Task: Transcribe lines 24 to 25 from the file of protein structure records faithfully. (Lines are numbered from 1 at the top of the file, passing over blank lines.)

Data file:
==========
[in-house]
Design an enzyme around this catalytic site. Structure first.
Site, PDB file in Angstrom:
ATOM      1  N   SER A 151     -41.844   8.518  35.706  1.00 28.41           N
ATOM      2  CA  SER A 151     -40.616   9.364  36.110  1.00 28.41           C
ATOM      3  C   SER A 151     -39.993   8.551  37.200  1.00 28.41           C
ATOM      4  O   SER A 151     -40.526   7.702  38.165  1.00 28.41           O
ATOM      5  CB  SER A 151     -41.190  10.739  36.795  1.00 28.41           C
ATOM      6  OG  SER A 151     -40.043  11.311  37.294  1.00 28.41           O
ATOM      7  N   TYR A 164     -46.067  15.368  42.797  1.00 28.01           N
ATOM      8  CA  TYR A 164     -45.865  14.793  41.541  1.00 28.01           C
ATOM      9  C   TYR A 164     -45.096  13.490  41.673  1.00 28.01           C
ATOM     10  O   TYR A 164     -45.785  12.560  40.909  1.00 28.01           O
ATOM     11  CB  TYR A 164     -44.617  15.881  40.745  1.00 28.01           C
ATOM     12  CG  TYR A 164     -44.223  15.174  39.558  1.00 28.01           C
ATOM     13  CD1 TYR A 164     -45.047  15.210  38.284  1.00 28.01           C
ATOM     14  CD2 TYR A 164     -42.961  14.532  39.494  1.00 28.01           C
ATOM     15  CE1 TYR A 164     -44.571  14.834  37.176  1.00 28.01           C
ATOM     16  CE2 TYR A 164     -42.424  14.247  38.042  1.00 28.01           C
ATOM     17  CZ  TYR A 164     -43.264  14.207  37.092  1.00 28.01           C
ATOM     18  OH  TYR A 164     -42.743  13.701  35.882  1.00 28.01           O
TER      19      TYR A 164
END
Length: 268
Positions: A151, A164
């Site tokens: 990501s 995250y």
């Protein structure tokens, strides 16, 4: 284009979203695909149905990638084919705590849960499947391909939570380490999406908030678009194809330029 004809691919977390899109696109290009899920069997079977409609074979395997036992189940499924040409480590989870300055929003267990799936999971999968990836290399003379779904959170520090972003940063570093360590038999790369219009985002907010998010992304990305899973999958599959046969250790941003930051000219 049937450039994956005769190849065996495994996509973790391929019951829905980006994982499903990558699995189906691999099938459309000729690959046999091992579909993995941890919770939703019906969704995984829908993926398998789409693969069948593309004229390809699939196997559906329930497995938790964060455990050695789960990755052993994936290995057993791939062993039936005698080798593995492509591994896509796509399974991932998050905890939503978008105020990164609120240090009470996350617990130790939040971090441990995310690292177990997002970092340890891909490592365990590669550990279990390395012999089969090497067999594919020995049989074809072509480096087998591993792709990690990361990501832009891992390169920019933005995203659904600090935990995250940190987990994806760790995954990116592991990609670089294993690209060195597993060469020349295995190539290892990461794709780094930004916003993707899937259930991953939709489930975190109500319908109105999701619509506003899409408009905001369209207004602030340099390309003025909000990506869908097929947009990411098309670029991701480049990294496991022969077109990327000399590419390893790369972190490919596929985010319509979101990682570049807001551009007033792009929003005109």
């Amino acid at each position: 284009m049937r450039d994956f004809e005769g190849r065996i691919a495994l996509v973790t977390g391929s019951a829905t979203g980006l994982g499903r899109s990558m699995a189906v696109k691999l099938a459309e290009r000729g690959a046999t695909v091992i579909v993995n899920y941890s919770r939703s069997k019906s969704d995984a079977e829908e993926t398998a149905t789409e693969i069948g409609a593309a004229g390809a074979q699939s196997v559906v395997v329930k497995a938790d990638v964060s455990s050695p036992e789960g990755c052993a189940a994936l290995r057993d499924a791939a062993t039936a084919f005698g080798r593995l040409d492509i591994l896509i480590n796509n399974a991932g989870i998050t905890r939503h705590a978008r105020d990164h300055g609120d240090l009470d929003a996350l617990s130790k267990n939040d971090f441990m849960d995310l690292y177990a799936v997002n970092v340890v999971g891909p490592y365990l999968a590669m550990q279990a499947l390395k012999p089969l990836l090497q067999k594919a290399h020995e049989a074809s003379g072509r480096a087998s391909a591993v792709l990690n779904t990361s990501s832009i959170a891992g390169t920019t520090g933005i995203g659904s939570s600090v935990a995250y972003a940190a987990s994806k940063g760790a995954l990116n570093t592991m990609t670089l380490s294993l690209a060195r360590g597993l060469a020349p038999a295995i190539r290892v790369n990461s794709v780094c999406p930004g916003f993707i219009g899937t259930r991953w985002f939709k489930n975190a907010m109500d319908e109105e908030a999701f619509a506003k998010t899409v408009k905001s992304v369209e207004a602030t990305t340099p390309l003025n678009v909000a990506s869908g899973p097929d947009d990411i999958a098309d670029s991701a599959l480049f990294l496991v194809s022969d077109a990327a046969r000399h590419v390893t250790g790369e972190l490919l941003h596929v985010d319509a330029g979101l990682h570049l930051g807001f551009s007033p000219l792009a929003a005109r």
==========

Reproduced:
Length: 268
Positions: A151, A164